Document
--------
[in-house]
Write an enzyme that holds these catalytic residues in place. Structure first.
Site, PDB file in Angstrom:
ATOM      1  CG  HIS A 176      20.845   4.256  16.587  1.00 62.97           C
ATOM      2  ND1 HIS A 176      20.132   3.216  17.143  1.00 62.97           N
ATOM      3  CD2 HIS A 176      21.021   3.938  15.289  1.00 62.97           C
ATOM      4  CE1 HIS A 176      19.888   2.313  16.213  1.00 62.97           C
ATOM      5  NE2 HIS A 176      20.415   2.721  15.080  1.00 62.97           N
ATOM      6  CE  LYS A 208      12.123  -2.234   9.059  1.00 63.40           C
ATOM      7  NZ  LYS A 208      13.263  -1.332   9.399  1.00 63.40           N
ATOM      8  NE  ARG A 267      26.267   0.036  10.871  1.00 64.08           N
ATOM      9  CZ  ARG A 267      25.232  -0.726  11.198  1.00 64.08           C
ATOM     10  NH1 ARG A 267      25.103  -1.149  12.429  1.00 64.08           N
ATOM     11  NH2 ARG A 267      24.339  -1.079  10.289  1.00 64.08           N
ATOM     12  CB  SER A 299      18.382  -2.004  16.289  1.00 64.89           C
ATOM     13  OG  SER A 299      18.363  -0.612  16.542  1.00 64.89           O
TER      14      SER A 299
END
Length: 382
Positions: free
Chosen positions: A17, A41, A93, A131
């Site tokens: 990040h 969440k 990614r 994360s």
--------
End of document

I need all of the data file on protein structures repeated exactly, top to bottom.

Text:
[in-house]
Write an enzyme that holds these catalytic residues in place. Structure first.
Site, PDB file in Angstrom:
ATOM      1  CG  HIS A 176      20.845   4.256  16.587  1.00 62.97           C
ATOM      2  ND1 HIS A 176      20.132   3.216  17.143  1.00 62.97           N
ATOM      3  CD2 HIS A 176      21.021   3.938  15.289  1.00 62.97           C
ATOM      4  CE1 HIS A 176      19.888   2.313  16.213  1.00 62.97           C
ATOM      5  NE2 HIS A 176      20.415   2.721  15.080  1.00 62.97           N
ATOM      6  CE  LYS A 208      12.123  -2.234   9.059  1.00 63.40           C
ATOM      7  NZ  LYS A 208      13.263  -1.332   9.399  1.00 63.40           N
ATOM      8  NE  ARG A 267      26.267   0.036  10.871  1.00 64.08           N
ATOM      9  CZ  ARG A 267      25.232  -0.726  11.198  1.00 64.08           C
ATOM     10  NH1 ARG A 267      25.103  -1.149  12.429  1.00 64.08           N
ATOM     11  NH2 ARG A 267      24.339  -1.079  10.289  1.00 64.08           N
ATOM     12  CB  SER A 299      18.382  -2.004  16.289  1.00 64.89           C
ATOM     13  OG  SER A 299      18.363  -0.612  16.542  1.00 64.89           O
TER      14      SER A 299
END
Length: 382
Positions: free
Chosen positions: A17, A41, A93, A131
């Site tokens: 990040h 969440k 990614r 994360s």